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Publication numberUS3483981 A
Publication typeGrant
Publication dateDec 16, 1969
Filing dateSep 25, 1967
Priority dateSep 25, 1967
Publication numberUS 3483981 A, US 3483981A, US-A-3483981, US3483981 A, US3483981A
InventorsJerry D Gordon
Original AssigneeJerry D Gordon
Export CitationBiBTeX, EndNote, RefMan
External Links: USPTO, USPTO Assignment, Espacenet
Cooking oil cleaner
US 3483981 A
Abstract  available in
Previous page
Next page
Claims  available in
Description  (OCR text may contain errors)

Dec. 1 6, 1969 J, GORDON 3,483,981

COOKING OIL CLEANER Filed Sept. 2-5, 1967 J5 INVENTOR. 2 Jerry 0. Gordon Y0 U09 s Thompson A TTORNEYS United States Patent 3,483,981 COOKING OIL CLEANER Jerry D. Gordon, 10749 E. 11th St., Tulsa, Okla. 74128 Filed Sept. 25, 1967, Ser. No. 670,233 Int. Cl. Bflld 21/24, 21/10 US. Cl. 210167 3 Claims ABSTRACT OF THE DISCLOSURE The present invention relates to cooking oil cleaners, more particularly of the type in which foods such as those deep fried in cooking oils are drained of excess oil, and the oil that drains from them is cleaned for reuse.

It is an object of the present invention to provide a cooking oil cleaner by which a large proportion of the cooking oil that is drained from food can be reused.

Another object of the present invention is the provision of a cooking oil cleaner in which all the parts are readily removable for cleaning, without the need for tools.

Finally, it is an object of the present invention to provide a cooking oil cleaner which will be relatively simple and inexpensive to construct, easy to install, maintairi, clean, repair and operate, and rugged and durable in use.

Further objects and advantages will become apparent from a consideration of the following description, taken in connection with the accompanying drawing, in which:

FIGURE 1 is a perspective view of a cooking oil cleaner according to the present invention, with parts broken away for clarity; and

FIGURE 2 is a side cross-sectional view of a cooking oil cleaner according to the present invention.

Referring now to the drawing in greater detail, there is shown a cooking oil cleaner according to the invention, comprising an open metal frame 1 adapted to rest on the floor on legs. Frame 1 includes a plurality of horizontal members 3 which form the upper edges of one end of the frame and are disposed in the shape of a U and have their upper edges disposed in a common horizontal plane. A transverse frame member 5 extends across the width of frame 1 and has its upper surface disposed at a level which is a little higher than that of the members 3. Horizontal members 7 are disposed in U-shaped configuration opening toward the members 3 and comprise the upper edges of the other end of the frame. The members 7 have their lower flanges 9 at a level higher than the highest portion of member 5, and also have upright flanges 11 that outwardly border the members 7.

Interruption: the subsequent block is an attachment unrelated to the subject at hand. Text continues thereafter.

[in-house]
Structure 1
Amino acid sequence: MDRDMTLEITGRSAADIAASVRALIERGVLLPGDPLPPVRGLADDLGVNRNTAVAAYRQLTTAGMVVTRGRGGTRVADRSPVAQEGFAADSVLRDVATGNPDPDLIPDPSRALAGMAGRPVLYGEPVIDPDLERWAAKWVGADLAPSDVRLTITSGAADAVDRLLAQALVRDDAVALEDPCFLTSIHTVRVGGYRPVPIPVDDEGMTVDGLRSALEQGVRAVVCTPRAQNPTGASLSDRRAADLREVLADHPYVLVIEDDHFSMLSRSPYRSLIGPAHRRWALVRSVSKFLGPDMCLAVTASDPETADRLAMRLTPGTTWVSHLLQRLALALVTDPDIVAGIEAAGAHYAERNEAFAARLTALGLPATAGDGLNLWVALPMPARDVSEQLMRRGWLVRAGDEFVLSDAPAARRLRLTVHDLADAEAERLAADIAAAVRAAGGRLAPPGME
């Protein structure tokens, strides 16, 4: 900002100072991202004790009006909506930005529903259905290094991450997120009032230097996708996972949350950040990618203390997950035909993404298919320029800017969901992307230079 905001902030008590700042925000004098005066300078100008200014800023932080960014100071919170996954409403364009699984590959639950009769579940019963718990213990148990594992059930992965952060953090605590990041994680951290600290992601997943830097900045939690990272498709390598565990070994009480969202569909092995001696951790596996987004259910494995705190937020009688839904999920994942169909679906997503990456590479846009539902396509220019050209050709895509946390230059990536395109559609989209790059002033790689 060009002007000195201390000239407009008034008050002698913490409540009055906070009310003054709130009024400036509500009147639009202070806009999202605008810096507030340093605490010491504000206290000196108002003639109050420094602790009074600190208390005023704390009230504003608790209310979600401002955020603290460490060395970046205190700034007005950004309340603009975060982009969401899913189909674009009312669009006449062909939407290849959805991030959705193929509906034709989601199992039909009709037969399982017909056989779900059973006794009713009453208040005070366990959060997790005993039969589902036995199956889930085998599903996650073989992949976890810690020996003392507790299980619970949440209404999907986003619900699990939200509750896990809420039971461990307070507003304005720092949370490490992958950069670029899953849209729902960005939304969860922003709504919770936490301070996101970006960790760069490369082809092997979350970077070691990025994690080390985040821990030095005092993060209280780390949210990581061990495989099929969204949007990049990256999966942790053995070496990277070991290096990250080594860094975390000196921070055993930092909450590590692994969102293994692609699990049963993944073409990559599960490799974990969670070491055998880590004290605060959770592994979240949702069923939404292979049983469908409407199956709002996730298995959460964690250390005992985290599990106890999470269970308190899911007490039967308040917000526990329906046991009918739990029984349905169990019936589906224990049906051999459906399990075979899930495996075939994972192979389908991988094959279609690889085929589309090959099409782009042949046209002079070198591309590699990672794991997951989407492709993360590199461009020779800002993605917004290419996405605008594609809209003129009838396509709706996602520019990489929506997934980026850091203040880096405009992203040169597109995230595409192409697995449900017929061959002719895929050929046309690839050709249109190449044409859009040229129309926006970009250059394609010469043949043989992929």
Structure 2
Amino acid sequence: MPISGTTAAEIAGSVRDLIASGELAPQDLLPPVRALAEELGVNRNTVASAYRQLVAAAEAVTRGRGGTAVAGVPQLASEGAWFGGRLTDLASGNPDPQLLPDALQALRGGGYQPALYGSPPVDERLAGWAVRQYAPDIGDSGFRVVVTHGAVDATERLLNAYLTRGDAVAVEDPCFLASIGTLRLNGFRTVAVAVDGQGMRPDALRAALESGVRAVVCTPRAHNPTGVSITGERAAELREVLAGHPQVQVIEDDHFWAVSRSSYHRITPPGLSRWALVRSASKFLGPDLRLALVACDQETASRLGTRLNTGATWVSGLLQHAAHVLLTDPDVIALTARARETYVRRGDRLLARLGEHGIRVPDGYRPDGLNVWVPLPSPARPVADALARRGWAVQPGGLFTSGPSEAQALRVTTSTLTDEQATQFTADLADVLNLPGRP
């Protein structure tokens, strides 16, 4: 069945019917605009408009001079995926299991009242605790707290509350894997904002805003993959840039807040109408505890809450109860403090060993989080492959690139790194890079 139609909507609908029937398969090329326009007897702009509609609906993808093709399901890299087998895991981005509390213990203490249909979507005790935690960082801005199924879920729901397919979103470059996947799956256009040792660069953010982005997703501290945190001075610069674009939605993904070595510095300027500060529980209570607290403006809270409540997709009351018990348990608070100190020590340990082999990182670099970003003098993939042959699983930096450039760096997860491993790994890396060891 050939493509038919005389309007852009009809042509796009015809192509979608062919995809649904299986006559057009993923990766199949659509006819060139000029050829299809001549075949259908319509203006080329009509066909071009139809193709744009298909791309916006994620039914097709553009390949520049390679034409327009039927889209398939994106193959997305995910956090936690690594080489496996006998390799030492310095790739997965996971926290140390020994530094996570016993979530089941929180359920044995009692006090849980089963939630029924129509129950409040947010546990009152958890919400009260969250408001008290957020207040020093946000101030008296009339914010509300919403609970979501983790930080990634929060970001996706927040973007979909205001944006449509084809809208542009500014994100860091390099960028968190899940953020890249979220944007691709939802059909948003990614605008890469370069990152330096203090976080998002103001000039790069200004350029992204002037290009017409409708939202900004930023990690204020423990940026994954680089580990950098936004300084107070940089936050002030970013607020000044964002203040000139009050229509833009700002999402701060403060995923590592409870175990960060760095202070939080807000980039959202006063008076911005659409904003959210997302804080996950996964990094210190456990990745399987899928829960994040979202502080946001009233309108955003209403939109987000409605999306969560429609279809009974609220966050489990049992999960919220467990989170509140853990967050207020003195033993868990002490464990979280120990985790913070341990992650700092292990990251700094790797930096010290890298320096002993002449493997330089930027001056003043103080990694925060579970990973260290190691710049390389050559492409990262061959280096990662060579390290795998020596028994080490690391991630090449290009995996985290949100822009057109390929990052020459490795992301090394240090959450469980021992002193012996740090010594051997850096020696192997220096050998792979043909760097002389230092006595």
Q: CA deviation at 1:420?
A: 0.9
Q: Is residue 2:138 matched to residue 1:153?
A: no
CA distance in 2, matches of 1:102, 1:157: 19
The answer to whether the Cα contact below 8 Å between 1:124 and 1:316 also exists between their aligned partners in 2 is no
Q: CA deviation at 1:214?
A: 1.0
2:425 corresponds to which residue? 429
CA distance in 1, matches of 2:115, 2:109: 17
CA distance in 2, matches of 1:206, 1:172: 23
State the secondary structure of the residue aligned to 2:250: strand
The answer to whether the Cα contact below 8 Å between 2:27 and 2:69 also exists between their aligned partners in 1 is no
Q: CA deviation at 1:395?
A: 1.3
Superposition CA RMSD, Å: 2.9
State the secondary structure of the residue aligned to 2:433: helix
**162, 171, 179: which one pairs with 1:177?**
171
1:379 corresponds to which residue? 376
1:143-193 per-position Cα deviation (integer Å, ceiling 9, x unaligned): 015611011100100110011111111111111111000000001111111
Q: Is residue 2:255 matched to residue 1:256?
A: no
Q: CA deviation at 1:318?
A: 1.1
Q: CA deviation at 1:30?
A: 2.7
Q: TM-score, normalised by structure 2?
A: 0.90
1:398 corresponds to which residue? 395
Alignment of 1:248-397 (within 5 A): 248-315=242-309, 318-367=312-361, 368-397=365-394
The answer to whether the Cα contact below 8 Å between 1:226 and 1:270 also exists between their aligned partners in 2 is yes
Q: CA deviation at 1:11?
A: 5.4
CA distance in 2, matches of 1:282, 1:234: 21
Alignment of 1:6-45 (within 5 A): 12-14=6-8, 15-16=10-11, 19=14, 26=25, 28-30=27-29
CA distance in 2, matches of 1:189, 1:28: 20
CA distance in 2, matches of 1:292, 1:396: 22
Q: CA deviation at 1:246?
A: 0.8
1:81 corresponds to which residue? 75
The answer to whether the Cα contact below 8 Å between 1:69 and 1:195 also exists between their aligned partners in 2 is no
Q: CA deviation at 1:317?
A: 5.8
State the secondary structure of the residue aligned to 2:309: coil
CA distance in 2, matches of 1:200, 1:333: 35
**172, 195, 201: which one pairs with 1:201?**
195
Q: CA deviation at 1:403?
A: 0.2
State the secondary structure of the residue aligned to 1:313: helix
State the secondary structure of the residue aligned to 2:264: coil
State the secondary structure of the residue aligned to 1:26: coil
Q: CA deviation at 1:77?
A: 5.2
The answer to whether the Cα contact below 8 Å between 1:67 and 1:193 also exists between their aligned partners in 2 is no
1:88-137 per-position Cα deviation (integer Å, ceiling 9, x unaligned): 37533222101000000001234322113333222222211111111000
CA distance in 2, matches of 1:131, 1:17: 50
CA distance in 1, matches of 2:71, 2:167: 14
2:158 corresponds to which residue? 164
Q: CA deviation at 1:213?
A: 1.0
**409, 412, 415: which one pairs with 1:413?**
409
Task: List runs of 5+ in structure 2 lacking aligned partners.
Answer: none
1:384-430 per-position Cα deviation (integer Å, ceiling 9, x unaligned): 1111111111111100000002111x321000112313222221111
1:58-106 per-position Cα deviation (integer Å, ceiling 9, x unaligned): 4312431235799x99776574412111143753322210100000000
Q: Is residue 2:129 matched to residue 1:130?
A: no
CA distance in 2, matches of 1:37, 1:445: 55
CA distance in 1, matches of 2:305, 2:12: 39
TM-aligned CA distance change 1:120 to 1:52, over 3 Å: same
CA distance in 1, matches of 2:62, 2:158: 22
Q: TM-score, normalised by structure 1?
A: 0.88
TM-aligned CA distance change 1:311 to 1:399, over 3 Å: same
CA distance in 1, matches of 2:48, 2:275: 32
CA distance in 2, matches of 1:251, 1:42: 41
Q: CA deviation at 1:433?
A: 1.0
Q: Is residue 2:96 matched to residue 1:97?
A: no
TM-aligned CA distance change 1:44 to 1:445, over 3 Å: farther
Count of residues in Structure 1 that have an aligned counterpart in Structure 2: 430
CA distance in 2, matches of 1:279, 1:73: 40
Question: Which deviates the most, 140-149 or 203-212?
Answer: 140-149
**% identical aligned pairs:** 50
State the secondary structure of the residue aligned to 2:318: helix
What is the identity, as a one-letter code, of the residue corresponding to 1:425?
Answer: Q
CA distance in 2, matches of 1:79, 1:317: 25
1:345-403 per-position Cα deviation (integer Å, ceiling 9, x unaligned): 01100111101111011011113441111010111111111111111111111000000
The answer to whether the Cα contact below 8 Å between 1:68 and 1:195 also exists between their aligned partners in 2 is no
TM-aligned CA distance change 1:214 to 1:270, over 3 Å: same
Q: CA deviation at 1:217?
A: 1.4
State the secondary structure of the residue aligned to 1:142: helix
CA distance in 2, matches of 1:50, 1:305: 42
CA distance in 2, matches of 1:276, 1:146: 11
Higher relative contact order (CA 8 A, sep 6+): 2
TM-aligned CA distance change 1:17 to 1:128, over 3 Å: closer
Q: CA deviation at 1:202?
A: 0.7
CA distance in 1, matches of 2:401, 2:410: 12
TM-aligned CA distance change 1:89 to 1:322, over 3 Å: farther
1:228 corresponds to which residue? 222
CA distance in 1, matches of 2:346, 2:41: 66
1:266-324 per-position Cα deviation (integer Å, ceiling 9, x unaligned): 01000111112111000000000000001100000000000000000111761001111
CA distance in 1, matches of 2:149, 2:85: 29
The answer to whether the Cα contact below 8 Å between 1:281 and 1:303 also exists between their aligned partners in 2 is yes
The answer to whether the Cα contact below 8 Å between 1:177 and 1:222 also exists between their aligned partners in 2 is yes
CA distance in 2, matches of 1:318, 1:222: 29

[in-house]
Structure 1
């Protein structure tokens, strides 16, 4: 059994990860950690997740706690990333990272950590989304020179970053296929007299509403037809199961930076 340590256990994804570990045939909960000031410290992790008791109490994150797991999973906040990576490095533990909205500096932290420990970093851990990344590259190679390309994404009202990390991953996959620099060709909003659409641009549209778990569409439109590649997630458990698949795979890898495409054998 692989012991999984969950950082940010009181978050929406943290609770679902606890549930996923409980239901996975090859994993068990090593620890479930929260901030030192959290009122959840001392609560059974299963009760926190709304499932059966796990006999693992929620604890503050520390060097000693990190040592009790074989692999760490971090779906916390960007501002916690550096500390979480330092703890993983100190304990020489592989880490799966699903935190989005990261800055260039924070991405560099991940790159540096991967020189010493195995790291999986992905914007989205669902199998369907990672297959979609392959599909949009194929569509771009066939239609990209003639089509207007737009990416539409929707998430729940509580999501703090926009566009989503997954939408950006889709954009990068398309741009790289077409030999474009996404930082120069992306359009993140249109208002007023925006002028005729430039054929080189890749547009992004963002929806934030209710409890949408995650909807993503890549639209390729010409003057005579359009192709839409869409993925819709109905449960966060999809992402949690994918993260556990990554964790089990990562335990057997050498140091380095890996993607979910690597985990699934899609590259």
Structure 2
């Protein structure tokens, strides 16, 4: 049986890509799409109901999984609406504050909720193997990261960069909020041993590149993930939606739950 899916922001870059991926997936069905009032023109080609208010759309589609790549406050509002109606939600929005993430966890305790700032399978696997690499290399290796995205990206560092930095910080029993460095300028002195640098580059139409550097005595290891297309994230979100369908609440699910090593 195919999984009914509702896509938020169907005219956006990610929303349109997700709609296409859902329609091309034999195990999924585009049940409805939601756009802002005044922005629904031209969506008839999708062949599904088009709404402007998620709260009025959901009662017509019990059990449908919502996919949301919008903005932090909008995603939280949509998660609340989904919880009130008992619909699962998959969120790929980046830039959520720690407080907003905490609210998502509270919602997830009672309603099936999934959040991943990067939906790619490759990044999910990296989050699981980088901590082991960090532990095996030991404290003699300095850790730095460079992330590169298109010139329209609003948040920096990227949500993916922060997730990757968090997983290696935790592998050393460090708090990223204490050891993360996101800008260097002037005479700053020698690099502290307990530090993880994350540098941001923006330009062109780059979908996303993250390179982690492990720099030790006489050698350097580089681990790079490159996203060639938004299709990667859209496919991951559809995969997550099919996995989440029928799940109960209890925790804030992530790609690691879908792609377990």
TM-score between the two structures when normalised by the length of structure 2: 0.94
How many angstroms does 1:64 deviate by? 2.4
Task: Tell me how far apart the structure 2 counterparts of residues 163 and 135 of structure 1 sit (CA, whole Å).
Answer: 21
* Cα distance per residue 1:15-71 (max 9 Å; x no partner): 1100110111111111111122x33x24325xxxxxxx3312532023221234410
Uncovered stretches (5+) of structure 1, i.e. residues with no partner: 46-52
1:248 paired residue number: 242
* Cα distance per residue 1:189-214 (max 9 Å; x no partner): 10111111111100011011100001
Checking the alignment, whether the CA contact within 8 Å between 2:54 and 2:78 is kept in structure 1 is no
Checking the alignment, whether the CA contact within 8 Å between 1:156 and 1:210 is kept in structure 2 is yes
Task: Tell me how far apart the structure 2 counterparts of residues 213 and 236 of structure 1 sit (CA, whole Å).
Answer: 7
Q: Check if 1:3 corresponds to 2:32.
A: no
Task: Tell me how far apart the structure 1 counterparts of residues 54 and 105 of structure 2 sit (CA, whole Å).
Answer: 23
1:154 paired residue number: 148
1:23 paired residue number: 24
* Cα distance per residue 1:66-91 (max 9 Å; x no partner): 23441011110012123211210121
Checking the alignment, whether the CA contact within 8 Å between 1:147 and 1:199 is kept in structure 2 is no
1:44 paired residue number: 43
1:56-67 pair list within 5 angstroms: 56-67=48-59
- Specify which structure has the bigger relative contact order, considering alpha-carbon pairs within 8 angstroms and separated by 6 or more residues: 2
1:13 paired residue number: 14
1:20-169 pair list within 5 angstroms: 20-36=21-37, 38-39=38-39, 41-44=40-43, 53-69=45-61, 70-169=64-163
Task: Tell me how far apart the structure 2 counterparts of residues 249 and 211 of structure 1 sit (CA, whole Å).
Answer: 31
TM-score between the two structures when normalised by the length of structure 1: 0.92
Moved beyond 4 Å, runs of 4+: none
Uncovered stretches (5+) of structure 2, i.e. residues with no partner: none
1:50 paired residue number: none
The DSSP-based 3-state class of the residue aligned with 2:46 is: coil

Further frame members 13 with upstanding outer flanges and inwardly directed horizontal flanges form an open subframe within frame 1; and still further transverse frame members 15 extend from side to side of the horizontal frame members 17 at the bottom of the frame and have outer upright flanges and lower horizontal flanges that extend toward each other. Frame 1 is thus strongly cross-braced by these additional members.

A removable drain pan 19 rests by gravity on frame 1. The flanges 9 on which the rear end of drain pan 19 rests are disposed at a higher level than the surfaces on which the forward end of drain pan 19 rests. As a result, the bottom of drain pan 19 is inclined downwardly to the left as seen in FIG. 2. Drain pan 19 has upstanding "ice side walls on three of its sides, but at its lower end (the left end in FIG. 2) it is provided with a lip 21 over which oil may flow. The food to be drained is carried on wire draining racks 23 that rest by gravity on the bottom of pan 19. A baffle 25 extends across the lower or discharge end of drain pan 19 with its lower edge spaced a short distance above pan 19, to prevent food from rolling off racks 23 and over the lip 21. Baflie 25 is vertically slidably and removably mounted at its ends in vertical slideways 26.